UPDATE: As of Friday November 9, it now looks like most of Florida and the coastal plains of Georgia, South and North Carolina will probably be spared a frost during this cold air outbreak, although scattered areas could still see something. Follow your local National Weather Service forecast for the latest information.
I’ve been watching the long-range weather forecasts for the last week, and it’s pretty clear that our growing season across most of the Southeast will end next week as a huge push of chilly air moves into the region. Northern parts of the region will see frost by this weekend, but by Wednesday morning, subfreezing air will move all the way down as far south as Gainesville, FL, putting a decisive end to the growing season. This is about a week later than normal for freezing conditions for Athens GA but will be earlier than normal for southern Alabama and Georgia and much earlier than normal for northern Florida, which has an median first frost date in early December. We are expected to see 2-3 nights of freezing conditions in a row, so you probably won’t be able to save many gardens by covering the plants. Since the forecast is just a week away now, confidence is growing that this will actually occur. What is especially amazing to me are the temperature forecasts in the mid-teens for the higher elevations of the Southeast, including the north Georgia mountains.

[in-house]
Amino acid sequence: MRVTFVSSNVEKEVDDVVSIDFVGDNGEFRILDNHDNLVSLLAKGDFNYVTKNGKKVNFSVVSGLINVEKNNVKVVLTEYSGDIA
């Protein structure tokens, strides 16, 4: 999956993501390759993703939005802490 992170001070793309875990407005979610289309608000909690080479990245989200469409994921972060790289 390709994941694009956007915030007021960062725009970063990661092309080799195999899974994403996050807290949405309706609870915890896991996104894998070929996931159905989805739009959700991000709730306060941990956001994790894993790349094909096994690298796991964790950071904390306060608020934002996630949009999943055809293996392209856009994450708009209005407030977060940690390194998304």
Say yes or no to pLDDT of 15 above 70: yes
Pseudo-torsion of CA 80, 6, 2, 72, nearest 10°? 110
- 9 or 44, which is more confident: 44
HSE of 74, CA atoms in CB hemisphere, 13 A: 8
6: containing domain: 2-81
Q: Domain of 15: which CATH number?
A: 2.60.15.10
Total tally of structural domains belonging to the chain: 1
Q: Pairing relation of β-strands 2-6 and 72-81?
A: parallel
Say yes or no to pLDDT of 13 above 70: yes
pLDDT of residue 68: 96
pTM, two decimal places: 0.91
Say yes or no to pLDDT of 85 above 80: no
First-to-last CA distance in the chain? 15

You can see maps of freeze probabilities at 10, 50 and 90% probability of occurrence at http://agroclimate.org/tools/freeze-risk-probabilities/.
If you want more information on where to get frost forecasts, check out my blog post at https://site.extension.uga.edu/climate/2017/10/where-to-get-frost-and-freeze-forecasts/.
The Midwestern Regional Climate Center’s VIP program has climatological maps of frost occurrence at https://mrcc.illinois.edu/VIP/indexFFG.html.
Other places to find frost climatologies are discussed at https://site.extension.uga.edu/climate/2015/10/is-this-years-frost-earlier-than-usual/.